Wednesday, March 1, 2017

Life in a Pressure Cooker (Part 2 of 4)

Like I said in the last post, I really don't know anything about pressure cookers. I know what I think they do, and I like the visual, but the analogy might break down if you are a cook and you really know how they work/what they do. So, I'll just ask you to bear with me here...

Without going into too much detail, I didn't have a Brady Bunch/Leave it to Beaver childhood. My parents separated/divorced when I was in the 1st grade. We moved from Texas to Arkansas. (If you know anything about their football rivalry in the mid 70s, then you know why this is included in my "I didn't have a good childhood" story.) My mother remarried a couple of years later to the man I called Daddy. (He wasn't my biological father, but he married my "Mommy" so I reasoned I needed to call him "Daddy".) He was a Dr Jekyll/Mr Hyde kind of man. He was not a nice man. He passed away many years ago; I'll leave it at that. I know my mother is reading this, so I'll say I know she did the best she could, and I'll leave it at that. 

When I was fresh out of high school I found a therapist to see. At my first visit the good doctor was getting some history from me (thank God) and we discovered he had gone to school with my Daddy, like 30 years before then, in a TINY town about 3 hours away. What are the chances of that??!!  He tried to assure me I could talk to him about anything, but I couldn't get out of that office fast enough! Determined as I was, I quickly found another therapist. As I was telling her my story, she remarked that I seemed very well "adjusted" and asked what I hoped to get out of therapy. I remember telling her "well, I feel confident that I can't be as adjusted as I think I am...I'm hoping you can help sort that out." I don't remember how long I saw her, but she was the first of MANY "sorters" I have seen over the course of my life. 

((To be perfectly clear, in case you haven't figured it out by now, I'm still not sorted out.))

Since then I have spent more on therapy than some wealthy people in third world countries MAKE in a lifetime! And don't even get me started on all of the TIME involved. When you "do therapy" it's so much more than the time spent on the couch and the travel time back and forth to the office. But even more than the time I've spent "doing therapy", I want to focus a bit on the time I've spent FIGHTING against it.

....Let's talk about the pressure cooker now. (Again...if you are cook, just roll with me here...)

You put raw food in the cooker, lock up the lid and then turn on the heat. Pressure builds and builds, cooking the food. If the pressure gets too high there's this little stopper thing on the lid of the pot that will pop up and let some steam out. This keeps the pot from exploding while the food continues to cook. The lid doesn't let all the pressure off or the food won't get done.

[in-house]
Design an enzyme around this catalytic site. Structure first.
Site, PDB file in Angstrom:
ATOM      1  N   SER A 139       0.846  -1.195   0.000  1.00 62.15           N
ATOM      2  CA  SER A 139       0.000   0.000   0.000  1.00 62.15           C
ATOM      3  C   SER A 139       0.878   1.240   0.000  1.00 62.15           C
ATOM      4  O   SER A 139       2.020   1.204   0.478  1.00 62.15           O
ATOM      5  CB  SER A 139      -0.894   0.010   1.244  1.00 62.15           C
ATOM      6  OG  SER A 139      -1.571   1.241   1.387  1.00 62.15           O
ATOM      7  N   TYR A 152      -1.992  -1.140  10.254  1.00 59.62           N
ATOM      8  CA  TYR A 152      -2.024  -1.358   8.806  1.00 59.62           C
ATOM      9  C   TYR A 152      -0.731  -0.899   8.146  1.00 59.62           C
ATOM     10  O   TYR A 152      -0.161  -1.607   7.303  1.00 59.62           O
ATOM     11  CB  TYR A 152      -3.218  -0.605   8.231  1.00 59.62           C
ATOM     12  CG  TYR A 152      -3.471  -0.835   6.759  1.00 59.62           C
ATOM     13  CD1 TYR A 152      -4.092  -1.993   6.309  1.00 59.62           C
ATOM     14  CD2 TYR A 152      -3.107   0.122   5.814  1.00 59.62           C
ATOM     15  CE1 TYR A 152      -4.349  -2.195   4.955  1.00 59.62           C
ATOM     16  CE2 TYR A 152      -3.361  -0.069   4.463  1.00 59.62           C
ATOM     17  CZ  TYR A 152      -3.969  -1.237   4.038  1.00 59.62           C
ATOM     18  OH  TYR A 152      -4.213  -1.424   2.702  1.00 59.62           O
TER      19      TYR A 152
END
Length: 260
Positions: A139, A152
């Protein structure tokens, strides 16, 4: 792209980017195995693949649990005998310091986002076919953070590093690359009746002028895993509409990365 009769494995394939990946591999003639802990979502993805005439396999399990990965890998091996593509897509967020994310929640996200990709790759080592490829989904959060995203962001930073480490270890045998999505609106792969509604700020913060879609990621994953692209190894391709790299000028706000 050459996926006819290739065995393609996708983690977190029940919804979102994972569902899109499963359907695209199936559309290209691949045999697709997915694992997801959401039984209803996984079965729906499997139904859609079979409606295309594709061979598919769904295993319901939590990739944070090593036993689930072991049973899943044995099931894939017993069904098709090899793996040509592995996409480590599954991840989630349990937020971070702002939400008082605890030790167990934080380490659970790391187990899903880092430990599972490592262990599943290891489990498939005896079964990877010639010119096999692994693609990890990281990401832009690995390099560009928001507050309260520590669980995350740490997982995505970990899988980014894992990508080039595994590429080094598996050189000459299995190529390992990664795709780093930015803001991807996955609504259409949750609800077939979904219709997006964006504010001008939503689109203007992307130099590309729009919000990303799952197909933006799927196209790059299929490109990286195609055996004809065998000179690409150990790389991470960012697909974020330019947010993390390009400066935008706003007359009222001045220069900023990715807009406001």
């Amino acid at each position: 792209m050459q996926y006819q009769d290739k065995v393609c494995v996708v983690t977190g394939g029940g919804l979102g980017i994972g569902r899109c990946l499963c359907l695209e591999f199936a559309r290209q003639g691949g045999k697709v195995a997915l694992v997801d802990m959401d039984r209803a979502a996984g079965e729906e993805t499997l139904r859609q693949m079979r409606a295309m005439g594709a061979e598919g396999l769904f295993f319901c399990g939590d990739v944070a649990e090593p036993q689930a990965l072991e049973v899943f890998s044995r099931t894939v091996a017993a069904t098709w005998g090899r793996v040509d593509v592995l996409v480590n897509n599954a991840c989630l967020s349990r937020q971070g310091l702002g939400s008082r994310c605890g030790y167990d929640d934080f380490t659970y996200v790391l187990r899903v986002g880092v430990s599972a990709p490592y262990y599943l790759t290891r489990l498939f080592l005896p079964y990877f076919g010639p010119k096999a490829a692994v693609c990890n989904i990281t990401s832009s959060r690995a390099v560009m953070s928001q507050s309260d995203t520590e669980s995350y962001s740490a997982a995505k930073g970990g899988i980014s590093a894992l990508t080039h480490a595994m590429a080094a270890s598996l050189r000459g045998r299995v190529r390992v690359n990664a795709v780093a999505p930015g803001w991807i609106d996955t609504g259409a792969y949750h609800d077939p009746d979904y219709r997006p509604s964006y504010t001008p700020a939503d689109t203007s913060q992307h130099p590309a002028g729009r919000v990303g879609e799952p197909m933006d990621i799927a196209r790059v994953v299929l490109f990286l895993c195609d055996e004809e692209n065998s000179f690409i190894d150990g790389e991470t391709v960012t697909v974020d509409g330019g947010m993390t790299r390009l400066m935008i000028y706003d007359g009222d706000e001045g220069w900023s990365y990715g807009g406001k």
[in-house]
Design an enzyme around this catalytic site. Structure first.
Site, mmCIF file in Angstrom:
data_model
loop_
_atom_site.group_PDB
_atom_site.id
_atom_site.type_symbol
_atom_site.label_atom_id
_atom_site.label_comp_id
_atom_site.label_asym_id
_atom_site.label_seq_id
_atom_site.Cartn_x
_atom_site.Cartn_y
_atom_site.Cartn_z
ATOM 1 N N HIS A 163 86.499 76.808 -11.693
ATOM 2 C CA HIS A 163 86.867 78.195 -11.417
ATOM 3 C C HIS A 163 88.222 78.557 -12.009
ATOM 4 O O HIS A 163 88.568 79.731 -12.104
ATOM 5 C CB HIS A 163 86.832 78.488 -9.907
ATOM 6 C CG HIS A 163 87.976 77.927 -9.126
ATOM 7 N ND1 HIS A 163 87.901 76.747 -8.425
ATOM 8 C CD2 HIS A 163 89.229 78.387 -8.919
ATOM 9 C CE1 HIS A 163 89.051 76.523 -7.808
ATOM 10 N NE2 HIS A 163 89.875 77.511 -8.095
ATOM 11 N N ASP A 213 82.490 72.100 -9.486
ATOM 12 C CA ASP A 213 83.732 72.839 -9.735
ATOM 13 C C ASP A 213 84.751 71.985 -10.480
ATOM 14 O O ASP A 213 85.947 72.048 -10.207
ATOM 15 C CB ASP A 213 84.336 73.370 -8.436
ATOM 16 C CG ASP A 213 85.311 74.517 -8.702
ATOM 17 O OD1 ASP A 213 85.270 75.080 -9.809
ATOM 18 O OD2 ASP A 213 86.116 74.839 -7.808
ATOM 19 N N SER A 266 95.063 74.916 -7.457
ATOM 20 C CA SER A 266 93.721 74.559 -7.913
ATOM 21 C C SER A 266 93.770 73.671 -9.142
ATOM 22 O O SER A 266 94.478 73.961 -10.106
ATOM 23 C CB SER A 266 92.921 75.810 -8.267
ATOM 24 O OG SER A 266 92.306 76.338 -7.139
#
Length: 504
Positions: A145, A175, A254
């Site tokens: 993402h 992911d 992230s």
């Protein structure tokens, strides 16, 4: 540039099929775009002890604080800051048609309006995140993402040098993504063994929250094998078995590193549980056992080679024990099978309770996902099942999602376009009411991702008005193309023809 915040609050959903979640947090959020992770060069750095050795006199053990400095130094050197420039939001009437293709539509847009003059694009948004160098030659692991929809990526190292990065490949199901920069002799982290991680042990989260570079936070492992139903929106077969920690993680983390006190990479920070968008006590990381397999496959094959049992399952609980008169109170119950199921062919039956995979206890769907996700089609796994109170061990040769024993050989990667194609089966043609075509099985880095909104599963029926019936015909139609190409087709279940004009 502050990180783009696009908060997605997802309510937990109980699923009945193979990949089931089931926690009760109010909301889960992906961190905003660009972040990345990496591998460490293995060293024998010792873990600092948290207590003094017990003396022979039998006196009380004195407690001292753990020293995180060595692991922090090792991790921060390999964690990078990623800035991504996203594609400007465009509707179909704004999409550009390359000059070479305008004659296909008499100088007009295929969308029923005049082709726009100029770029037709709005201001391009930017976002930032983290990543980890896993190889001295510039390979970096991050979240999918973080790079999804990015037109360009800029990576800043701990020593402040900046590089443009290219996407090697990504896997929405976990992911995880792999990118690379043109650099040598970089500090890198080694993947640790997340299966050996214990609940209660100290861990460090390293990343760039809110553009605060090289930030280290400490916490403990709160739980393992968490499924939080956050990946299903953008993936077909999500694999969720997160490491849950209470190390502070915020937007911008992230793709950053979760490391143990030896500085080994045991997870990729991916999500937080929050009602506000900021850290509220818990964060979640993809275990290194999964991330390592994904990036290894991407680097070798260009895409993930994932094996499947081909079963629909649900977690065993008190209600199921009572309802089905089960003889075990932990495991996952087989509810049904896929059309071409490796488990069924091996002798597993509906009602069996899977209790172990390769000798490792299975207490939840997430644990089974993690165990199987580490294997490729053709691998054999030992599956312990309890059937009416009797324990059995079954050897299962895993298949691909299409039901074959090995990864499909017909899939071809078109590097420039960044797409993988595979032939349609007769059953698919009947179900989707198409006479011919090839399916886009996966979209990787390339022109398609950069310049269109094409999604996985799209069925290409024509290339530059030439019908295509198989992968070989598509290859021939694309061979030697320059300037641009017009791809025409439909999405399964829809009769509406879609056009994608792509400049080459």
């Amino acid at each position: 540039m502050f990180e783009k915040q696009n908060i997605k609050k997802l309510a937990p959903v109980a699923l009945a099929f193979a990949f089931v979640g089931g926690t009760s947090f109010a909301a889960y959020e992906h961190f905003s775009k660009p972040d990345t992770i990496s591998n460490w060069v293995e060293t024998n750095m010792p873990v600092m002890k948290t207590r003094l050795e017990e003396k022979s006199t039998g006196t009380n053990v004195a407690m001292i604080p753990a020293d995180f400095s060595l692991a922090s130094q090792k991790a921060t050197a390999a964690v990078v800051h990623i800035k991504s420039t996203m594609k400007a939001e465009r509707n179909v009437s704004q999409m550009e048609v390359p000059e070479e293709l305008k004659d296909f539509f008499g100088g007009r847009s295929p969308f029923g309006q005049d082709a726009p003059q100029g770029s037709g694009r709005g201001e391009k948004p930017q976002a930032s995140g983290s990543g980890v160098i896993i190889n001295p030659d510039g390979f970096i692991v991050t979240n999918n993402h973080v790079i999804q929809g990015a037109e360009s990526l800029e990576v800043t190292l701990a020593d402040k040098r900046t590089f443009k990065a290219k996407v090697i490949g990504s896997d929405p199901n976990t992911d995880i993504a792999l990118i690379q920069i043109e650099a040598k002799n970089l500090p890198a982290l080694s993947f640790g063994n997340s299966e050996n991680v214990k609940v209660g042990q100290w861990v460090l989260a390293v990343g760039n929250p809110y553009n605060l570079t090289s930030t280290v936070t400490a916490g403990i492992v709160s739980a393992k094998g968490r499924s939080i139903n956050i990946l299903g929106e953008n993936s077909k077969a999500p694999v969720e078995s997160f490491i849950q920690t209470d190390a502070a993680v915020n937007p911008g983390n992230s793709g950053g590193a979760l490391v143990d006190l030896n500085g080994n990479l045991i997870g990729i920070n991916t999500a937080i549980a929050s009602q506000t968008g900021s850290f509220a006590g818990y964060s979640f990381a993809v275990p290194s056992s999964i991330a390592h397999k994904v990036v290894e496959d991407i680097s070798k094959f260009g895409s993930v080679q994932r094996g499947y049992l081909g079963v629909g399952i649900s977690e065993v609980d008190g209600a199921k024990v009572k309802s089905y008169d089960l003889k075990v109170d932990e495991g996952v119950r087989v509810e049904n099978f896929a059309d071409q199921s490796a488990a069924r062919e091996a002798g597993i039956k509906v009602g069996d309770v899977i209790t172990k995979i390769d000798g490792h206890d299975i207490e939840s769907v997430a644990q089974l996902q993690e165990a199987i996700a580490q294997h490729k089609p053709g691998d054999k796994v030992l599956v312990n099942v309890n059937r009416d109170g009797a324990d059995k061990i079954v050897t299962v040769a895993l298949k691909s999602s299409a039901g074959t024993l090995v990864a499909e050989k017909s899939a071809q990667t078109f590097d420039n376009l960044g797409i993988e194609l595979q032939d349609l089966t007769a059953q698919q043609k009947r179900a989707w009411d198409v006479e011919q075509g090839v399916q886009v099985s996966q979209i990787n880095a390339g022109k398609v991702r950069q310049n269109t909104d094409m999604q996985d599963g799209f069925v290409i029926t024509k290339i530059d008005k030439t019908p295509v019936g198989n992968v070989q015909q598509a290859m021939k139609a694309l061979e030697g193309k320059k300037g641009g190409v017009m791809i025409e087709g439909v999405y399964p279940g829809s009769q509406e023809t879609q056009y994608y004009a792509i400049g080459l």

Think about how we train our bodies. We over reach and push beyond our comfort zone and then we take time to recover. Then we push again. In an ideal setting, we'd push just enough (we'd let the pressure build just enough in the pot), and then we'd back off just enough (the lid would let just enough steam out) in order to make our goal (cook our food). The goal is not actually BALANCE. The goal in training is to be faster/stronger than we started; the goal in cooking is to have perfectly cooked food! If you have "perfect" balance in training you are not actually "training"...that's called maintaining. If that cooker has perfectly balanced pressure, it would be called a bowl. :D

In "therapy" the idea isn't to stay in the same state you started. That's called small talk. :D

When you go into therapy, there's something that has probably been out of balance for a while. A lot of people (myself included) will take the pressure cooker approach. The "problem" builds and builds until it's unbearable and you go to therapy to let off some steam. Once you've vented off just a little you FEEL better. In training, when done right, you feel better after a recover day/week. But you don't usually meet your goal by the first recovery day/week now do you? In the pressure cooker analogy, when the steam is let off, the food may smell really good, but it's not ready to eat yet.

I have never liked pushing myself in training. I have never been a good cook. And, I've never liked therapy. Therapy is hard. Small talk is easy. Venting is easy. Therapy hurts. 

You can't take all the pressure off until the food is cooked, and you can't halt the stress of training until you've reached your goal/peaked for your race. With therapy, a little "venting" might feel good, but if it's not getting you (me) to the goal of being "sorted out" then you (I) have to keep "pushing" and "cooking".

Are you still with me?? Thanks for stopping by and sticking around. Part 3 of 4 is coming up...

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